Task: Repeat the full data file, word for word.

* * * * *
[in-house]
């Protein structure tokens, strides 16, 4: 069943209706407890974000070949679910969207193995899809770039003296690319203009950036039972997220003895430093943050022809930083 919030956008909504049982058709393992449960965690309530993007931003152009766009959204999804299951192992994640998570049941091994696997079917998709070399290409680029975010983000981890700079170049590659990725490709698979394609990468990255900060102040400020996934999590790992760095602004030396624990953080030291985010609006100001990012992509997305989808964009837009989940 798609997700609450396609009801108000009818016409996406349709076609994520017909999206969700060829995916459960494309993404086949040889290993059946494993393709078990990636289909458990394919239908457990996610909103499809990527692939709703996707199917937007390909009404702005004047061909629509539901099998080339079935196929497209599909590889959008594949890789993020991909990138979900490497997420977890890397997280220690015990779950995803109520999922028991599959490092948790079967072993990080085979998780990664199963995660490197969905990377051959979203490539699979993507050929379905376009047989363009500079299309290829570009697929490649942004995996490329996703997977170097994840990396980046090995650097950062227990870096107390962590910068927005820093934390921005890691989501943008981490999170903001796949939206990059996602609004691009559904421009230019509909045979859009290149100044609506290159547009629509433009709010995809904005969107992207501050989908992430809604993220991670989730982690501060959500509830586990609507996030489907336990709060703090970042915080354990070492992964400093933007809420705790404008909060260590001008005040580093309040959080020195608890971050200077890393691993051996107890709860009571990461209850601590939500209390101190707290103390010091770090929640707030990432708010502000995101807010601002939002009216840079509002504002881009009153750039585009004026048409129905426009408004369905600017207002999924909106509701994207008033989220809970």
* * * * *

[in-house]
């Protein structure tokens, strides 16, 4: 069943209706407890974000070949679910969207193995899809770039003296690319203009950036039972997220003895430093943050022809930083 919030956008909504049982058709393992449960965690309530993007931003152009766009959204999804299951192992994640998570049941091994696997079917998709070399290409680029975010983000981890700079170049590659990725490709698979394609990468990255900060102040400020996934999590790992760095602004030396624990953080030291985010609006100001990012992509997305989808964009837009989940 798609997700609450396609009801108000009818016409996406349709076609994520017909999206969700060829995916459960494309993404086949040889290993059946494993393709078990990636289909458990394919239908457990996610909103499809990527692939709703996707199917937007390909009404702005004047061909629509539901099998080339079935196929497209599909590889959008594949890789993020991909990138979900490497997420977890890397997280220690015990779950995803109520999922028991599959490092948790079967072993990080085979998780990664199963995660490197969905990377051959979203490539699979993507050929379905376009047989363009500079299309290829570009697929490649942004995996490329996703997977170097994840990396980046090995650097950062227990870096107390962590910068927005820093934390921005890691989501943008981490999170903001796949939206990059996602609004691009559904421009230019509909045979859009290149100044609506290159547009629509433009709010995809904005969107992207501050989908992430809604993220991670989730982690501060959500509830586990609507996030489907336990709060703090970042915080354990070492992964400093933007809420705790404008909060260590001008005040580093309040959080020195608890971050200077890393691993051996107890709860009571990461209850601590939500209390101190707290103390010091770090929640707030990432708010502000995101807010601002939002009216840079509002504002881009009153750039585009004026048409129905426009408004369905600017207002999924909106509701994207008033989220809970």